Got Hail? Proving the performance of EPDM roof assemblies

Photos courtesy Carlisle Construction Materials

By Jim D. Koontz, PE, RRC, and Thomas W. Hutchinson, CSI, AIA, FRCI, RRC, RRP
Damage to roof assemblies from around the world from hail or other forms of physical damage (e.g. foot traffic and workmanship) results in millions of dollars of economic loss annually. Owners of properties that are largely self-insured are beginning to realize the importance of installing hail-resistant roofing systems.

Based on empirical evidence, ethylene propylene diene monomer (EPDM) roofing assemblies seem to fare very well in hailstorm events. The EPDM Roofing Association (ERA), however, desired scientific validation; it decided to embark on a hail testing program. The technical committee decided that in addition to new EPDM roof membrane material, the real question in the design, insurance, and contractor communities was over how well aged, in-situ EPDM roof covers performed.

It was determined the test sample pool would include new EPDM membrane material, new membranes that would be heat-aged, and existing in-situ material procured from existing roofs with five to 20 years of actual exposure. The major EPDM manufacturers each provided:

  • 1.2 x 1.2-m (4 x 4-ft) new 1.52-mm (60-mil) material EPDM samples;
  • new, but heat-aged, 1.52-mm material; and
  • 1.52-mm samples from roof covers that had been exposed between five and 20 years, procured from the field.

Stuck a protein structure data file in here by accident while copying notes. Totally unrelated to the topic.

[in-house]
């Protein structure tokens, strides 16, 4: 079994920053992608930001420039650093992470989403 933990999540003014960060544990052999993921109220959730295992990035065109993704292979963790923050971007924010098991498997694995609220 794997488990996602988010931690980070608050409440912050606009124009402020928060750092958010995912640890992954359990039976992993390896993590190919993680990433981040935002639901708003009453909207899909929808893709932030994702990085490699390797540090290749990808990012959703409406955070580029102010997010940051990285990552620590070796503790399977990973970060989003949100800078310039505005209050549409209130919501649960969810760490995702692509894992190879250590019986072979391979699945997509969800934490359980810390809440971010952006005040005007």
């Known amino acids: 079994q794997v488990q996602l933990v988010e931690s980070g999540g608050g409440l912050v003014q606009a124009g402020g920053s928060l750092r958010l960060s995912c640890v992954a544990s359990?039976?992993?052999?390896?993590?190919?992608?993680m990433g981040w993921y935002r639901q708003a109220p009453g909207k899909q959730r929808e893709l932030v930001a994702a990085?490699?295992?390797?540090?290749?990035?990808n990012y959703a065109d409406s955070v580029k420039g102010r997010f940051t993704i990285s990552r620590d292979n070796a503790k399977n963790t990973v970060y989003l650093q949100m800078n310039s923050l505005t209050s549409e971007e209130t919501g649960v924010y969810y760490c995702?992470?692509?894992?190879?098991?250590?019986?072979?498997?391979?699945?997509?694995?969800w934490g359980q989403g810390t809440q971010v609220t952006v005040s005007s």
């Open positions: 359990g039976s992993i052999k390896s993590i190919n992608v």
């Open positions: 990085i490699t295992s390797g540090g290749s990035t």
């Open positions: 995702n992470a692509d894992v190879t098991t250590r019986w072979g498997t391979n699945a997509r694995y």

Prior to sending the EPDM samples for testing, the material was fully adhered to various 1.2 x 1.2-m substrates: mechanically fastened polyisocyanurate (polyiso) insulation, mechanically fastened wood fibre board, and 13-mm (½-in.) plywood. Between 20 and 35 samples of each roof cover category were sent for testing.

Field experience from the examination of thousands of roofs, and through Roofing Industry Committee on Weather Issues (RICOWI) hail impact investigations (For example, the “2011 Dallas−Fort Worth Hail Storm Report” can be downloaded from, has clearly shown hail damage to a roofing system can be the result of several factors:

  • hailstone diameter;
  • roofing system type;
  • roof cover age;
  • substrate beneath the primary roof assembly; and
  • surface temperature at the point of impact.

To evaluate a roofing system’s resistance to hail, these reference points have to be considered as part of a research project.

NBS impact research
In the early 1960s, the National Bureau of Standards (NBS) in Washington, D.C., conducted research by impacting roof systems with ice spheres. The group’s Sydney H. Greenfield performed this initial research and generated technical article NBS 23, Hail Resistance of Roofing Products. Referring to previous research (This came from “Hail and Its Effects on Buildings,” by J.A.P. Laurie, Council for Scientific and Industrial Research (CSIR) Research Report No. 176, Bull. 21, 1-12, published by the South African National Building Research Institute in 1960), he initially determined the freefall or terminal velocity of hail.

The technical data shown in Figure 1 indicates the free-fall velocity of the hail increases with hailstones of larger diameters. A key factor is the amount of ‘impact energy’ imparted to a target or roof surface. Simply stated: